Every year, USC and Geena Davis’ Institute on Gender in Media (among others) release the findings of their studies on gender and minority representation in front of and behind the cameras in Hollywood — the results are inevitably bleak, showing little to no actual improvement. There are small changes (2016 had more women in protagonist film roles than ever), but the negative statistics (last year also had fewer speaking roles for women) often outweigh the good, and Hollywood’s gender imbalance is as prevalent as it ever was. How can we effect actual, meaningful change? Enter 52 influential industry executives, all of whom have combined forces to create a new campaign called ReFrame, which offers various tools and initiatives to combat gender inequality — actively.
Ivan Reitman ain’t afraid of no underwhelming box office numbers. The original Ghostbusters director and producer of this year’s reboot says that despite weak returns for Paul Feig’s film, “there’s going to be many other” movies in the franchise. That statement contradicts a previous report, which indicated that Sony is focusing their energy on the animated Ghostbusters film and a new TV series, while the possibility of a sequel to Feig’s reboot had become very unlikely.
If sci-fi movies and shows like Black Mirror and Westworld have taught us anything, it’s that humans tend to be irresponsible with technology — especially when it comes to artificial intelligence, which often develops a mind of its own. The results of which can either be deeply unsettling or totally hilarious, and it’s the latter that Paul Feig is concerned with for his next film project.
Mindy Kaling is a force to be reckoned with in Hollywood, after graduating from The Office to her very own show, lending her voice talents to Wreck-It Ralph and Inside Out, and set to have a starring role in Ava DuVernay’s upcoming A Wrinkle in Time adaptation. Now, it looks like she and Paul Feig are in serious talks to join forces for a comedy set in the world of late-night broadcast television.
With Paul Feig at the helm and a quartet of hilarious women who are great at improvising, it’s not surprising that the upcoming Blu-ray and DVD release of the Ghostbusters reboot is packed with additional scenes, outtakes, deleted scenes, gag reels and — as many fans hoped — an extended cut of the film. We won’t have a chance to see any of these bonus materials until October, but it should be interesting for those who felt as though Feig’s theatrical version may have been a little too safe.
Just last month, Sony exec Rory Bruer said he had “no doubt” that the studio would move forward with a sequel to Paul Feig’s Ghostbusters reboot. That was then, this is now: The all-female reimagining of the 1984 classic has made $180 million at the global box office, which isn’t enough to justify Sony’s production and marketing costs…or a sequel, for that matter.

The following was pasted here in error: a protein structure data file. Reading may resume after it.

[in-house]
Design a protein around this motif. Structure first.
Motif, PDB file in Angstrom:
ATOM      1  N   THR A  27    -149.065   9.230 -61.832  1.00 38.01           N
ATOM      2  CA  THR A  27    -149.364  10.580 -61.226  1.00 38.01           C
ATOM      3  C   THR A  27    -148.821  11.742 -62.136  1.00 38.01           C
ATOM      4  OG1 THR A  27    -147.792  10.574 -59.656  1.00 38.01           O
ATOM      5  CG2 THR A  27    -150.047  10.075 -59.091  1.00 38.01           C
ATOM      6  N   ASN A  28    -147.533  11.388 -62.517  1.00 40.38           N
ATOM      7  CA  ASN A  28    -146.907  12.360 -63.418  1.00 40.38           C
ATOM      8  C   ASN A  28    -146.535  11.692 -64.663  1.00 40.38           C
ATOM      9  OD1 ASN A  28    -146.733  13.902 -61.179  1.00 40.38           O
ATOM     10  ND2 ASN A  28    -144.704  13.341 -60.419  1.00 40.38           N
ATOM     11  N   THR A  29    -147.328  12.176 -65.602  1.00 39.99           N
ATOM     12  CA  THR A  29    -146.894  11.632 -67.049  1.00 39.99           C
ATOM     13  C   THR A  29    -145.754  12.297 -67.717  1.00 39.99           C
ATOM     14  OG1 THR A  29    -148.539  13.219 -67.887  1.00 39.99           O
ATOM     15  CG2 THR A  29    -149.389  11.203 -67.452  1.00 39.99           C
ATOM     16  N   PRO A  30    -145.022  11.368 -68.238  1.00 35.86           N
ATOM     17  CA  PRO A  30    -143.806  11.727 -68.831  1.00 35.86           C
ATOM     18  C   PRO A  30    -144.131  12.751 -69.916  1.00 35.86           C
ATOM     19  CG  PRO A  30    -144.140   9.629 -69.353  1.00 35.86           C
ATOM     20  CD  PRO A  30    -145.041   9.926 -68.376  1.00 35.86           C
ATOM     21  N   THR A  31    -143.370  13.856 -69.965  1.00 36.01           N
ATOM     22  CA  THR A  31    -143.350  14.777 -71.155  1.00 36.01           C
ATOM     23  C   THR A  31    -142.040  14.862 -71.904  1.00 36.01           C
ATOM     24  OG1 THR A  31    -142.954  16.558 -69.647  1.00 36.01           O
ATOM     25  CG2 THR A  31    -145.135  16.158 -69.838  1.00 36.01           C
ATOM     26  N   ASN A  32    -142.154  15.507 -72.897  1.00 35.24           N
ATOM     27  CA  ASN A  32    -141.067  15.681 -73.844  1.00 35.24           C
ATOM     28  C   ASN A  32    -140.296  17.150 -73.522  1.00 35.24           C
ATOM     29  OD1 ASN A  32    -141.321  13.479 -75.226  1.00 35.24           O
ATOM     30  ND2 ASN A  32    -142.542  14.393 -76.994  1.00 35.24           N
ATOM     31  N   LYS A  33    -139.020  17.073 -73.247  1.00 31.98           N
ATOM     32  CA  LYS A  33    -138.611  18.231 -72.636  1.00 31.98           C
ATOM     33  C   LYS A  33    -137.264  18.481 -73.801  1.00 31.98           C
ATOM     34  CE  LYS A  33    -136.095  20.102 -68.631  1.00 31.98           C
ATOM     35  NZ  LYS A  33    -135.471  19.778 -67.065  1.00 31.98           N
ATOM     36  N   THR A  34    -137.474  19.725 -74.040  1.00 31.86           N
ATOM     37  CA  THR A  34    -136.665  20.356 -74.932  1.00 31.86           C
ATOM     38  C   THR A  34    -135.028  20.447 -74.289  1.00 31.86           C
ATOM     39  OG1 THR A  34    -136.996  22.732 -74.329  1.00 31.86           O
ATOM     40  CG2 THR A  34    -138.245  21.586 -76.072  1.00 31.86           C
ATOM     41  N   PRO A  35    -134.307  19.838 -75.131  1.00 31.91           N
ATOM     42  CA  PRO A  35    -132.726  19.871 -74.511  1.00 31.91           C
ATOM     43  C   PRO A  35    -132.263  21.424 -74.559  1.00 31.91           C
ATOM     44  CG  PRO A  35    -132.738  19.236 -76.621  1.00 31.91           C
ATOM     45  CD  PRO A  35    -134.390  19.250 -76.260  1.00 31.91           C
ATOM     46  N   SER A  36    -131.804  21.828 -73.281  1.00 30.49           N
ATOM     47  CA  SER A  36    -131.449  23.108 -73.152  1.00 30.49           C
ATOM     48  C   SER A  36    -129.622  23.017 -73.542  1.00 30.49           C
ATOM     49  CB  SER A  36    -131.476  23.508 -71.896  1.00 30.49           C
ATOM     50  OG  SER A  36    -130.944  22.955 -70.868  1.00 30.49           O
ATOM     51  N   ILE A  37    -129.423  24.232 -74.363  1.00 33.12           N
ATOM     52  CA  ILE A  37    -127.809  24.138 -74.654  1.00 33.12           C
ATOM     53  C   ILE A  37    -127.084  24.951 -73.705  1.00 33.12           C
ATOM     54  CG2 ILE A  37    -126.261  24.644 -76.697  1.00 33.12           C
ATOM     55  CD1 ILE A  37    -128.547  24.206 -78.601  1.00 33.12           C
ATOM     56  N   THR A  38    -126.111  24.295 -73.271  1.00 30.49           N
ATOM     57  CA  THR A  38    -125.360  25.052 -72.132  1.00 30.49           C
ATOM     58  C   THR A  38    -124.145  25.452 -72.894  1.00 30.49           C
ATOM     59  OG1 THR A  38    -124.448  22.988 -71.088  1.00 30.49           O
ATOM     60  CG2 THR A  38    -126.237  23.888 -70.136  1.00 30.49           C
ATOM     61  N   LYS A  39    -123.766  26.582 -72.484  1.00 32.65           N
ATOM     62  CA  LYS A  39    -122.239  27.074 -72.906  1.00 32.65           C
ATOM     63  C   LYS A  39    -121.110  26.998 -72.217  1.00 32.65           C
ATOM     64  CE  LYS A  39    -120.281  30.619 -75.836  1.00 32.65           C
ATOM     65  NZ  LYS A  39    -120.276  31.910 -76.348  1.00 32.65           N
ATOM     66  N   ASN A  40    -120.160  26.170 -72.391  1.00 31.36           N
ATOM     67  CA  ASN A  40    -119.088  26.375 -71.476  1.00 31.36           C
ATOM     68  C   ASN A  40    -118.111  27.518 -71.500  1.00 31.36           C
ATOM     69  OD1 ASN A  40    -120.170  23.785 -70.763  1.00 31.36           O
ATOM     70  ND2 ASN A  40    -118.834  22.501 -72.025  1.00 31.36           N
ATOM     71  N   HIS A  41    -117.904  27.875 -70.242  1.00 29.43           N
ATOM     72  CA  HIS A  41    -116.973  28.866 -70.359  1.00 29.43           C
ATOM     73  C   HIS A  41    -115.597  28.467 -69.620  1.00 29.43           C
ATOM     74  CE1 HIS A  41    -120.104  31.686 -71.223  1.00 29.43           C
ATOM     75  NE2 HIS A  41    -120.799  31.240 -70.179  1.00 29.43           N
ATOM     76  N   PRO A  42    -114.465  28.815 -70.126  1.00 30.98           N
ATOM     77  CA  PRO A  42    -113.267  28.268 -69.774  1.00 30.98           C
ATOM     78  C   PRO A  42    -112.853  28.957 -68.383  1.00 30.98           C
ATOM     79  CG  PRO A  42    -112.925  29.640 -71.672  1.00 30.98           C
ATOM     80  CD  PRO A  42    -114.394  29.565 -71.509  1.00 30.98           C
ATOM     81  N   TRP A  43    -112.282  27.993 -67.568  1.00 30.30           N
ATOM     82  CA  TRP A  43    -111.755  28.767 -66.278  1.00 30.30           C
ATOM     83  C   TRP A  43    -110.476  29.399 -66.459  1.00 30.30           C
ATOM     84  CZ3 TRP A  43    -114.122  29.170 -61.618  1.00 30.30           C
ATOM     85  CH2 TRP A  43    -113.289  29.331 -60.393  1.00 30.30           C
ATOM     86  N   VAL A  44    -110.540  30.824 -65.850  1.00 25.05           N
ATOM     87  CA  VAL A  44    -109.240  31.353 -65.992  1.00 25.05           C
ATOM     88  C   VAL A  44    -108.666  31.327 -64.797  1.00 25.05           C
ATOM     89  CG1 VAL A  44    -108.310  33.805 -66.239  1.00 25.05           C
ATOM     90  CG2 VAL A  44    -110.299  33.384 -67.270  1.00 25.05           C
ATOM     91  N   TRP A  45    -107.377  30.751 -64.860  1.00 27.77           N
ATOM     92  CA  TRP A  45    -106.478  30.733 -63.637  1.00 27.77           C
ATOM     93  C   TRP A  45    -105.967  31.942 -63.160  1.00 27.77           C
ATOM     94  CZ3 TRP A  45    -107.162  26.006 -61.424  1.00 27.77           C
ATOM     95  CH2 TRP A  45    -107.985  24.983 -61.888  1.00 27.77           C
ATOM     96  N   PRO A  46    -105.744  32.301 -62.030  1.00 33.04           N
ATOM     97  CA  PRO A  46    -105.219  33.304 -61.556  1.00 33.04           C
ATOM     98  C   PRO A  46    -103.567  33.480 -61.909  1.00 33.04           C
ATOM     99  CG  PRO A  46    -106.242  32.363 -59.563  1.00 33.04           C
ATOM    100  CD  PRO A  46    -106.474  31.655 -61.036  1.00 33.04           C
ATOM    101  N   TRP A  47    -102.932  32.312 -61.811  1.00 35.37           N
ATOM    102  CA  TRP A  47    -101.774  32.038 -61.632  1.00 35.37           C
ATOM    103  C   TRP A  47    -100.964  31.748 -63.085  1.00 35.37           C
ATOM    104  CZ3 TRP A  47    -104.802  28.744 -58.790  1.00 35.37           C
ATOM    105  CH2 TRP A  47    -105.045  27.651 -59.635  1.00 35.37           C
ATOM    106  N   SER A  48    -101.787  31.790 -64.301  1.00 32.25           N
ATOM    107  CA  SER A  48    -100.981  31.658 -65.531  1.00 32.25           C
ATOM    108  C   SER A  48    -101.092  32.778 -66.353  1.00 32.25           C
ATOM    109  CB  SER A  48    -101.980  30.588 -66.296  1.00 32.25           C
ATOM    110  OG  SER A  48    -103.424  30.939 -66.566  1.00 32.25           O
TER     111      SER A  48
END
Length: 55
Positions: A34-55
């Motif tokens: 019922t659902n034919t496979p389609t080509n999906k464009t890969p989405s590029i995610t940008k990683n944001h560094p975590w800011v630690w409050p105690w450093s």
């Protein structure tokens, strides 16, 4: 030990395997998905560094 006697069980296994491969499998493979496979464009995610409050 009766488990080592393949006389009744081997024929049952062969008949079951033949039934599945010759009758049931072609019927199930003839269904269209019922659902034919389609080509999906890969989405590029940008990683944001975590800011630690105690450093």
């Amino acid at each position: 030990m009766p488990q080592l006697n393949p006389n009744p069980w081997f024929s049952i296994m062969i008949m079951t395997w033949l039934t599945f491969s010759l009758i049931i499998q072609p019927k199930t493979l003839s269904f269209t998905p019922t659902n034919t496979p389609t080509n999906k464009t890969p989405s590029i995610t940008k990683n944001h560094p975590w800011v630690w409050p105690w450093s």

Paul Feig is best known for his original comedies, a filmmaker who’s brought the talents of female comedy actresses into the spotlight. But after rebooting ‘Ghostbusters’ with an all-female cast, Feig says he’ll return to original stories instead making another reboot.
If you’re a regular Elle reader (or if you keep up with sites like Longform), then you’ve probably read or at least recognize the Supermodel Snowpocalypse story from earlier this year. It’s one of the craziest, funniest and weirdest true stories you’ll ever read, made all the more humorous by the fact that the details of the wild and wintry tale were kept from the public since 1977. Thanks to Paul Feig, that story is about to reach a much, much bigger audience.
When Paul Feig’s Ghostbusters hit theaters over the weekend, a couple of things happened: It did fairly well at the box office — landing in second place just below The Secret Life of Pets — and no one’s childhood was destroyed. A $46 million opening isn’t mind-blowing, but it looks like it will be enough to justify a sequel to the reboot. The big question now is whether or not Feig and the whole cast will return for it.
If you got the feeling of deja vu watching Paul Feig’s Ghostbusters reboot, it wasn’t just something strange in your neighborhood. The new movie is loaded, from one end to the next with references and homages to Ivan Reitman’s 1984 original. It’s haunted, you might say. (And I did, in my review of the film.)